The following three recommendations broadly describe the Task Force’s overarching plan to improve New York City’s resiliency by hardening, revamping and reworking critical systems; such as stormproofing utility grids and improving emergency response coordination.

1. Harden the City’s power grid, improving the reliability and resiliency of energy and telecommunication grids, as well as adopting modern weatherproof technology capable of withstanding powerful storms to existing infrastructure systems.

2. Establish clear authority and responsibility for emergency response teams. To achieve this objective, the NYBC has set forth five goals, centered on improving and increasing state agency oversight, processes and cooperation. One intriguing idea involves a standardized “Threat and Vulnerability Assessment,” which agencies can use to analyze the resiliency of existing and potential critical facilities such as hospitals, transportation, and utility facilities.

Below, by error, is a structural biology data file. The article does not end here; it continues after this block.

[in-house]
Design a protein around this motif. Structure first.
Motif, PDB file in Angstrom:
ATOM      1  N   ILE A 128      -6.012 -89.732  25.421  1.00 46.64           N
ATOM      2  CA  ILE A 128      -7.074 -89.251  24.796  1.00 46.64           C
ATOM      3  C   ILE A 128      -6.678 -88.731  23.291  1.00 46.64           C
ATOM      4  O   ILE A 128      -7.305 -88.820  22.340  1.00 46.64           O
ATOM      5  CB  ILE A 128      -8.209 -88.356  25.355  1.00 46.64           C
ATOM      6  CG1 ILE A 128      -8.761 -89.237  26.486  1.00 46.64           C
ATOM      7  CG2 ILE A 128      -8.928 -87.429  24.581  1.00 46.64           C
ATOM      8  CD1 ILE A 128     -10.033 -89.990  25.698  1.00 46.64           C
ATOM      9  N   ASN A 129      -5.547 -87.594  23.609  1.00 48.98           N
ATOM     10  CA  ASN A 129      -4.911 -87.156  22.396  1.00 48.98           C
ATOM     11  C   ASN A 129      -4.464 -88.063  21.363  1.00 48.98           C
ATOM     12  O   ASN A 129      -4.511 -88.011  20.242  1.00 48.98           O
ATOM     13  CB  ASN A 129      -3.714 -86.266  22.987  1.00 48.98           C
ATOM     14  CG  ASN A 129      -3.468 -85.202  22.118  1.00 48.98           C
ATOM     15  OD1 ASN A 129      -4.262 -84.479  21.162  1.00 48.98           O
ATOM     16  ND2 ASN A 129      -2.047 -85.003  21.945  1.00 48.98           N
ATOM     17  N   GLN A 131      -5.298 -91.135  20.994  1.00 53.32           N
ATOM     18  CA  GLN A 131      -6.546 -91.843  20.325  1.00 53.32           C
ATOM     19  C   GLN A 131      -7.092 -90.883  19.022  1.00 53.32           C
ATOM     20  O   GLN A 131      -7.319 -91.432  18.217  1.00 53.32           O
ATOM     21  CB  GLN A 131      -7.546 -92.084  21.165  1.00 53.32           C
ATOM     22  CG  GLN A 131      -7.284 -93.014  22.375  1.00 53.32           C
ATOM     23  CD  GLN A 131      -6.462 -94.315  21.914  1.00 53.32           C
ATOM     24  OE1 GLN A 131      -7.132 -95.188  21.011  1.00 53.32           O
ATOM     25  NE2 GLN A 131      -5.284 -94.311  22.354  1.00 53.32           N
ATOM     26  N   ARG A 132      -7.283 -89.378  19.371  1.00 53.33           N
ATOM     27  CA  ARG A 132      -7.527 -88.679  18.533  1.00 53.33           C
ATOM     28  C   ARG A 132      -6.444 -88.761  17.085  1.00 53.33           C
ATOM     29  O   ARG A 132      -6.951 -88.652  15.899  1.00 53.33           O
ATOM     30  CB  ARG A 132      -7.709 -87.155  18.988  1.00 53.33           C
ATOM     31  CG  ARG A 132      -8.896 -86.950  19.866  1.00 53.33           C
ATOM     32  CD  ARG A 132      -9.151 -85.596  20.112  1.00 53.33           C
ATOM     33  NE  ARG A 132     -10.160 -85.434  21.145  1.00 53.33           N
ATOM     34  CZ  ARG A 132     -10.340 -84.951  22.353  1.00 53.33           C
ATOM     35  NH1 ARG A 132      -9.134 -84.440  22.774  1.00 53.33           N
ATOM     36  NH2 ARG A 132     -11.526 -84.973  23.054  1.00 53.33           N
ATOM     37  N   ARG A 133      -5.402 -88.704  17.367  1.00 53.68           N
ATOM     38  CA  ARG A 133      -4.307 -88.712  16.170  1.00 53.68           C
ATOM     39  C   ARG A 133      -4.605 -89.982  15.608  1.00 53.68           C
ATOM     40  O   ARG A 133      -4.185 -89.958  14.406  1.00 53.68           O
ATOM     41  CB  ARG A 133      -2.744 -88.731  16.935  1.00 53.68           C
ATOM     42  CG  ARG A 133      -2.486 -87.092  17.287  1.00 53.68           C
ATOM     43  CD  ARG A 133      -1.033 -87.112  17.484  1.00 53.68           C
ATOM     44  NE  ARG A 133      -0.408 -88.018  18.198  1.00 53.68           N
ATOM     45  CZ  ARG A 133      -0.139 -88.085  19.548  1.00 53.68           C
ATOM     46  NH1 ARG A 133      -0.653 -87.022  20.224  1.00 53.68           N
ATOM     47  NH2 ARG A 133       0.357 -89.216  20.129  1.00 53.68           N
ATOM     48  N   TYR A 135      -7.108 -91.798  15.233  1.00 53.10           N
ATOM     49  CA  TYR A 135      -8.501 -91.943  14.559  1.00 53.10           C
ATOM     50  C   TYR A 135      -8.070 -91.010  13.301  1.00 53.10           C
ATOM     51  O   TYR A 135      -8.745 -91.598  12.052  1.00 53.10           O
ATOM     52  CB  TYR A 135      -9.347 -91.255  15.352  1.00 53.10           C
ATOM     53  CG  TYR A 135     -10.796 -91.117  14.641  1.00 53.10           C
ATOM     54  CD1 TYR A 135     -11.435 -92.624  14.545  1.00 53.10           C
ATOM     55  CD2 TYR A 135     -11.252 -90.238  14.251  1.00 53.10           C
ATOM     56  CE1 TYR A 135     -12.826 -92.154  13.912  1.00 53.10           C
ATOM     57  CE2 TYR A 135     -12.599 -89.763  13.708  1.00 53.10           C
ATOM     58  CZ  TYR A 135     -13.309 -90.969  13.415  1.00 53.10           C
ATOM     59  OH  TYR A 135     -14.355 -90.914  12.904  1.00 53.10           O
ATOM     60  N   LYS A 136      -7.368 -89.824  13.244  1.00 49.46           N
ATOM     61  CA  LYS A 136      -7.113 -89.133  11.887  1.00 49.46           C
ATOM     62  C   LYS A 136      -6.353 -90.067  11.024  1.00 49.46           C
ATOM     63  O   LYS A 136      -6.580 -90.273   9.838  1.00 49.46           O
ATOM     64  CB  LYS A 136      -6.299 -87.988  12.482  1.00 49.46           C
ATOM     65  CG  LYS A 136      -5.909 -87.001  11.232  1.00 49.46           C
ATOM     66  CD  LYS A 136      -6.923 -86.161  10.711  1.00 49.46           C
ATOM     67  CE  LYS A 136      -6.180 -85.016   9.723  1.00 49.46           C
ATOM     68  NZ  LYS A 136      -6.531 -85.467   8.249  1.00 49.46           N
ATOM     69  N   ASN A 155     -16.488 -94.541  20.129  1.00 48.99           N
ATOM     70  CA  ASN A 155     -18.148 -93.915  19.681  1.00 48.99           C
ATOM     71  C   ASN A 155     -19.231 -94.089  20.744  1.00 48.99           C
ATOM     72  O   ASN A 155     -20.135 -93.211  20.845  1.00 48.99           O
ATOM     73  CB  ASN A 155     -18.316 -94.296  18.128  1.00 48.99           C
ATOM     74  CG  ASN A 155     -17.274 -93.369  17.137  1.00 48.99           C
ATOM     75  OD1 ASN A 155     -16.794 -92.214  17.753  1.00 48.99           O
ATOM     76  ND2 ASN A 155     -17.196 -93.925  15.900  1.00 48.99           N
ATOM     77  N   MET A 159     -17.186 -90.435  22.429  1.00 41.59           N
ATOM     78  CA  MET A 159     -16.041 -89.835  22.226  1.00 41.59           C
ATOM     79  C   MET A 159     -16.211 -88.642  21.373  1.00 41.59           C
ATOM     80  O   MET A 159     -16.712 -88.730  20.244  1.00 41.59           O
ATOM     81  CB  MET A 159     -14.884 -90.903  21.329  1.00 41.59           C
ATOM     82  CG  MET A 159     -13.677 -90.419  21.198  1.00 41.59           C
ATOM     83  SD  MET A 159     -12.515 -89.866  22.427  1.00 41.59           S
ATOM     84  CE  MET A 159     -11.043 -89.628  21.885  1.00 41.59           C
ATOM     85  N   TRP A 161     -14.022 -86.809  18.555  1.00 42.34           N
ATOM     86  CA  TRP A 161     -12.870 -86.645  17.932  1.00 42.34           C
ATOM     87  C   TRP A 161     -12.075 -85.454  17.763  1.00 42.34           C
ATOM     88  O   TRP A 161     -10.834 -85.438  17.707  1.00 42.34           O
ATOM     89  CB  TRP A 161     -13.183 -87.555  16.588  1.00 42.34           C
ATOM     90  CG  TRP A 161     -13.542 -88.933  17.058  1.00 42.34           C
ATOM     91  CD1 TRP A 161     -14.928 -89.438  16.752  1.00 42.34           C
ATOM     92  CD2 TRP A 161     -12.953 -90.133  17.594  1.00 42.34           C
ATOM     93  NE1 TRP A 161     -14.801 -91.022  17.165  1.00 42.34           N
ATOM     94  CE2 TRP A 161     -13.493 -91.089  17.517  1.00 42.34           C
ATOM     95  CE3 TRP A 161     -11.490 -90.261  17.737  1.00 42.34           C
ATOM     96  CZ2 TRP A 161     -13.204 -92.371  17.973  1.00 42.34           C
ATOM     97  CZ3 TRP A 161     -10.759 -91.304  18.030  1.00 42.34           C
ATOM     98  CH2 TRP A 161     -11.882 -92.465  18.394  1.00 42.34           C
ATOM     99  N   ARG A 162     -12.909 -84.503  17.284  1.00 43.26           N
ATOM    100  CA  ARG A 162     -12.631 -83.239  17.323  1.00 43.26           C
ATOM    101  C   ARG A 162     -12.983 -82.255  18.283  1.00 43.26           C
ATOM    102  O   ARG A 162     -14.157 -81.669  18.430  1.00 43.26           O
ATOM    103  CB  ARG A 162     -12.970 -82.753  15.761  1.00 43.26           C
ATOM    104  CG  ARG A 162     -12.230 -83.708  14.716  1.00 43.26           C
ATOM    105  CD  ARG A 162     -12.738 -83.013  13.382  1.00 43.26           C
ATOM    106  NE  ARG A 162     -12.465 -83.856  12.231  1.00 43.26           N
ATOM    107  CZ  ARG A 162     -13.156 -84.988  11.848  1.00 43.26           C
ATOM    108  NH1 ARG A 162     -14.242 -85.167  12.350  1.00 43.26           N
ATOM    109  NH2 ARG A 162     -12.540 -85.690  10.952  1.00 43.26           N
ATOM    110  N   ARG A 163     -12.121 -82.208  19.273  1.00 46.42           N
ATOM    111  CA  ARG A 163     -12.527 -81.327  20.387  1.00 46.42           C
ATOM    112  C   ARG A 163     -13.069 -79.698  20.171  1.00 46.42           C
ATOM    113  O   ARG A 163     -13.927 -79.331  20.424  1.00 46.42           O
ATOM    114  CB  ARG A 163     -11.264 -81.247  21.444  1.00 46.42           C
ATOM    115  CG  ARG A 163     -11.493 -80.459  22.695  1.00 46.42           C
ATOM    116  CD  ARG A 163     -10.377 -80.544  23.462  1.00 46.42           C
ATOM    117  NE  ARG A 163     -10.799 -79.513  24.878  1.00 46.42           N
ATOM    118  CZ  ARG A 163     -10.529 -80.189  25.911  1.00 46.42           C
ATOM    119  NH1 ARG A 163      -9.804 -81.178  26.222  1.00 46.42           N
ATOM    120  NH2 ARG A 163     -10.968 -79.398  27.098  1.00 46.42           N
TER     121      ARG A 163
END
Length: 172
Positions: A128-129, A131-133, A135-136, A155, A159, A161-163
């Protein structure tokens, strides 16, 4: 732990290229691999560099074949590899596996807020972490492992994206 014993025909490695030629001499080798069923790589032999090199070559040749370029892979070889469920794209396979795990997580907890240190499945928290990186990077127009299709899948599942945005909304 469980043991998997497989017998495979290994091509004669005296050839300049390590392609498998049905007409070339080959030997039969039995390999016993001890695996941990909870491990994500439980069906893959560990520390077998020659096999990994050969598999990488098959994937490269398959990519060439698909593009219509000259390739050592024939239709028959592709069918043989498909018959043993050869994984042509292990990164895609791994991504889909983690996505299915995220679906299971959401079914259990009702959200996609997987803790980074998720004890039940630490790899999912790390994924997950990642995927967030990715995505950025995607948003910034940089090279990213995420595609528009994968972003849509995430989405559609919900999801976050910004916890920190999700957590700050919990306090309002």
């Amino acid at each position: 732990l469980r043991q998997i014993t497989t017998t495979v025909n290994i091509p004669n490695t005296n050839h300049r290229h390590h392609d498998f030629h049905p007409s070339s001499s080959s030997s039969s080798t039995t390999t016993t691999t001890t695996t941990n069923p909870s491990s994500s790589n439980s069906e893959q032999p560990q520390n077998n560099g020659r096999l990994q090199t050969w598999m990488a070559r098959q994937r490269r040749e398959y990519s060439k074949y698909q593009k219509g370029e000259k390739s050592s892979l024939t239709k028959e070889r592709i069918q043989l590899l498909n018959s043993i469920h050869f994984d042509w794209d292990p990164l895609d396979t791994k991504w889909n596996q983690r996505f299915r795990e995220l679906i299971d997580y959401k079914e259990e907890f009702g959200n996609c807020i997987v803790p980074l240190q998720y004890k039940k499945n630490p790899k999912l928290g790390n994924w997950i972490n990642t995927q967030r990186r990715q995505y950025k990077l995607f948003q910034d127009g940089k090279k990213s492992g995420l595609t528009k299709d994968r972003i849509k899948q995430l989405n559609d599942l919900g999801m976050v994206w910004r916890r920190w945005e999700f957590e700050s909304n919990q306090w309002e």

3. Improve building and zoning codes to minimize structural vulnerability to natural disasters. The NYBC hopes that reworking these codes can enhance building resilience by hardening existing infrastructure systems and establishing emergency preparation and recovery plans for buildings.

American Institute of Architects New York – Post-Sandy Initiative
“Building back better and smarter… will help reverse the vulnerability we have inherited from centuries of misguided development.”

The American Institute of Architects New York Chapter (AIANY) and the AIANY’s Design for Risk and Reconstruction Committee’s Post-Sandy Initiative, issued in May of 2013, critiques the structural and infrastructural systems in place before Sandy, and seeks to revamp such systems to improve resiliency. The Initiative describes the pre-existing systems as contributing to a “defenseless built environment,” with fragile houses and critical public health and safety facilities in vulnerable locations, and transportation and utility systems unable to withstand extreme weather events. AIANY calls for renovating and modifying building, transportation and infrastructure networks with an emphasis on improving resiliency and reliability in the event of future storms.